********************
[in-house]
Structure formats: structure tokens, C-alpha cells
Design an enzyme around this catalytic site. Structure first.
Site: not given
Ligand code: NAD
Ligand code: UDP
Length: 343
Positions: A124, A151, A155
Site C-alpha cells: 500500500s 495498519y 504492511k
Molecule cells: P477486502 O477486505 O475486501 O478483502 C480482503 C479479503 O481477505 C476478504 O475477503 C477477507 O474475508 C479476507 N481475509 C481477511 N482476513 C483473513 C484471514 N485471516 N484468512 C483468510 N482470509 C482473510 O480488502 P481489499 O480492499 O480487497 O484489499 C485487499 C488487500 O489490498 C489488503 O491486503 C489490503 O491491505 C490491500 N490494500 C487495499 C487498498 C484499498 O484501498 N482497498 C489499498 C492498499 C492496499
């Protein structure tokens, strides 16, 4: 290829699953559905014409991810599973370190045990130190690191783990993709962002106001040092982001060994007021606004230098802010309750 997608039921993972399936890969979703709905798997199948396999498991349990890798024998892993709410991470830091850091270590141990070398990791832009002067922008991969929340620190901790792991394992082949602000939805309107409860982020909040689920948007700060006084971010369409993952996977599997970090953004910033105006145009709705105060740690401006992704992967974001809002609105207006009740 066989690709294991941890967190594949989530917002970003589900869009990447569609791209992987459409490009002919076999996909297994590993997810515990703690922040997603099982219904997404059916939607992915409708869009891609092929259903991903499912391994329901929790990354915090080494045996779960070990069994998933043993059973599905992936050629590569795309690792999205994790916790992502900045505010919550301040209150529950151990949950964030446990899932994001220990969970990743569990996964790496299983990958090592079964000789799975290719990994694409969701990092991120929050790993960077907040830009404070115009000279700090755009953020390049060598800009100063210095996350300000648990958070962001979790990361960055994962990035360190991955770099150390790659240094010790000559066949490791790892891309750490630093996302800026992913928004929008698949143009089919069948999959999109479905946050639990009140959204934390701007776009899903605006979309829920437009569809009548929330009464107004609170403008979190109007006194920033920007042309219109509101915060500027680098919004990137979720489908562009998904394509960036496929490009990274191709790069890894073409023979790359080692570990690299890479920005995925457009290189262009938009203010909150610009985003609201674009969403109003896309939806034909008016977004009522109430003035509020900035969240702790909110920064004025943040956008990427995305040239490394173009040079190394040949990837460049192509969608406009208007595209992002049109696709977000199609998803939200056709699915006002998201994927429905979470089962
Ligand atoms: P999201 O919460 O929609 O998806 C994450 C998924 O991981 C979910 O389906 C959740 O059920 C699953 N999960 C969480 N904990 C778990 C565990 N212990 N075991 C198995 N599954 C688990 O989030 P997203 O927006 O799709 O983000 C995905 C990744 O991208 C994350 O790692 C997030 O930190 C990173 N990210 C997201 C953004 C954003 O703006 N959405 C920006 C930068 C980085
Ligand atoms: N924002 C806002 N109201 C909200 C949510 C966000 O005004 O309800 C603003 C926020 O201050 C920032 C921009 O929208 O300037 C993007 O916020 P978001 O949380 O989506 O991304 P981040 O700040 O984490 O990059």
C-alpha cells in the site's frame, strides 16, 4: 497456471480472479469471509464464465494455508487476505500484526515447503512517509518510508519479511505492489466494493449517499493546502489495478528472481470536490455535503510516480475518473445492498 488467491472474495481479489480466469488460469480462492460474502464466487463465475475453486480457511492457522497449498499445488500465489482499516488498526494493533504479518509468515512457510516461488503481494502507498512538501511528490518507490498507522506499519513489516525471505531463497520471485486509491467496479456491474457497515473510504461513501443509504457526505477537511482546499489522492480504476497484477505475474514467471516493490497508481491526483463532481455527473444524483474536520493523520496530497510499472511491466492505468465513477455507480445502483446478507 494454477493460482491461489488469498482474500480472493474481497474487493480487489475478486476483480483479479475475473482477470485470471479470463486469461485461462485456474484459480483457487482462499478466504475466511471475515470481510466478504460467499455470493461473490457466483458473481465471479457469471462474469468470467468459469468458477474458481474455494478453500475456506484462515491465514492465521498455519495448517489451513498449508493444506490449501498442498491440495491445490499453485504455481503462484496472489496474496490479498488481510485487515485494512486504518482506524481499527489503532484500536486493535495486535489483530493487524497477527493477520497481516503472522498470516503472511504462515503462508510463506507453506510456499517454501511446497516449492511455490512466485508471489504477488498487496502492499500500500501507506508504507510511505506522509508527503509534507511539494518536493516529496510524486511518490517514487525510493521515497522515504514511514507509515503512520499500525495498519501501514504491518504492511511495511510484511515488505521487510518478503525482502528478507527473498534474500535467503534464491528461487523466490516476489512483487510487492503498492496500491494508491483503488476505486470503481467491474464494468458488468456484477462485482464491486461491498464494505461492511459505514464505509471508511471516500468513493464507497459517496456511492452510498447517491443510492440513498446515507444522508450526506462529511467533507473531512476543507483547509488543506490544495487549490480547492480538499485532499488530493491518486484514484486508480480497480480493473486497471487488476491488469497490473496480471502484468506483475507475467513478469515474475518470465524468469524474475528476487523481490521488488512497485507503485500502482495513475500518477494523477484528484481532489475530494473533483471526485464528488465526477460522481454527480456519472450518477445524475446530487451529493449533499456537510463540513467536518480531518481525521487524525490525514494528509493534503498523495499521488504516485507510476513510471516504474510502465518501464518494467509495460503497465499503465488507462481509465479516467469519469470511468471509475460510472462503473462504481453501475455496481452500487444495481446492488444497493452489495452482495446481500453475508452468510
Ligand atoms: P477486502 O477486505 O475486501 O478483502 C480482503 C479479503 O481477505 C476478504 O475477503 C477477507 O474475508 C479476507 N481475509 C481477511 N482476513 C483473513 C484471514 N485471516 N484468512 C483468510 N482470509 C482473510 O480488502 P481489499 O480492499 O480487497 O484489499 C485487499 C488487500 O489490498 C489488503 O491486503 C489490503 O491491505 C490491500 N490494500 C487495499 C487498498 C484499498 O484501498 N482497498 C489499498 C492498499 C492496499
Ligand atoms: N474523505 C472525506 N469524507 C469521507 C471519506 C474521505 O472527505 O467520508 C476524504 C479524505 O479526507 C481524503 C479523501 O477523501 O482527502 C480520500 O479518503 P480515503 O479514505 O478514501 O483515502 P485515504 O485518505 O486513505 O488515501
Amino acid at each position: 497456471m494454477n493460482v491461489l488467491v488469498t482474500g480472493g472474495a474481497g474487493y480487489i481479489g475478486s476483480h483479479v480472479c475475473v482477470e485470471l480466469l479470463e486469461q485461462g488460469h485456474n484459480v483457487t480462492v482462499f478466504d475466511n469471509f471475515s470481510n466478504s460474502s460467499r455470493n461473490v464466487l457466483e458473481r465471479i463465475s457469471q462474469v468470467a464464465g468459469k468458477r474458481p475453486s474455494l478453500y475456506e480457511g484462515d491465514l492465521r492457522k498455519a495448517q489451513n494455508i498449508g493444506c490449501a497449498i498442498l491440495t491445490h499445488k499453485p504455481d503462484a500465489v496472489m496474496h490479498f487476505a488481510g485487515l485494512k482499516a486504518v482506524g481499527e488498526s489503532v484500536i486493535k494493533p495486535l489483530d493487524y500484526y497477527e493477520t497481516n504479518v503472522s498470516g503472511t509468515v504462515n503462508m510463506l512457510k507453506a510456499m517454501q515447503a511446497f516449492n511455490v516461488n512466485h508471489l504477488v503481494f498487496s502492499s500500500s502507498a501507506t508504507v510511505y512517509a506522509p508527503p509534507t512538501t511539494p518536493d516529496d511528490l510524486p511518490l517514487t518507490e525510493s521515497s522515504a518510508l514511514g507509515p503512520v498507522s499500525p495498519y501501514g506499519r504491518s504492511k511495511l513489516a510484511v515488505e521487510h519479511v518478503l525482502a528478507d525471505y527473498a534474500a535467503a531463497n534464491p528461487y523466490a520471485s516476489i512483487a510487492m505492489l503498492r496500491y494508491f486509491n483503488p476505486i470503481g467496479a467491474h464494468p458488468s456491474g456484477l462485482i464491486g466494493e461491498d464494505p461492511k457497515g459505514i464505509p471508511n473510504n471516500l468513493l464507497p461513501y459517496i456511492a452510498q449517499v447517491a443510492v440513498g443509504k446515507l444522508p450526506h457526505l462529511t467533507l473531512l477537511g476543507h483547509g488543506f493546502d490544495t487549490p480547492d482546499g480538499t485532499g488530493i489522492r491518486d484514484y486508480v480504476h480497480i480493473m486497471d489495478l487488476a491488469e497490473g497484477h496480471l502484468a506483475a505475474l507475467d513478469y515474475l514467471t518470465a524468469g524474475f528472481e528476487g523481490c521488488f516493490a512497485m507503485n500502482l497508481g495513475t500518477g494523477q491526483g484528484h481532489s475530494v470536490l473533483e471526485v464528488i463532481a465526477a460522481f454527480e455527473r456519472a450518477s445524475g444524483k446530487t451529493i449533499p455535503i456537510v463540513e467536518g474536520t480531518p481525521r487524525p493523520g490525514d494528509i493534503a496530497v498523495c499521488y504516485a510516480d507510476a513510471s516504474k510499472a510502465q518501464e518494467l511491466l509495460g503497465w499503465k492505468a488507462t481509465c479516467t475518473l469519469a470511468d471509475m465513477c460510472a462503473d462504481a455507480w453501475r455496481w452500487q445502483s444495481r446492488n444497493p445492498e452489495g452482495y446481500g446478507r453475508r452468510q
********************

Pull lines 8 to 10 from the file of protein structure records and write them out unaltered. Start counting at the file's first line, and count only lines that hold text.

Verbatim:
Positions: A124, A151, A155
Site C-alpha cells: 500500500s 495498519y 504492511k
Molecule cells: P477486502 O477486505 O475486501 O478483502 C480482503 C479479503 O481477505 C476478504 O475477503 C477477507 O474475508 C479476507 N481475509 C481477511 N482476513 C483473513 C484471514 N485471516 N484468512 C483468510 N482470509 C482473510 O480488502 P481489499 O480492499 O480487497 O484489499 C485487499 C488487500 O489490498 C489488503 O491486503 C489490503 O491491505 C490491500 N490494500 C487495499 C487498498 C484499498 O484501498 N482497498 C489499498 C492498499 C492496499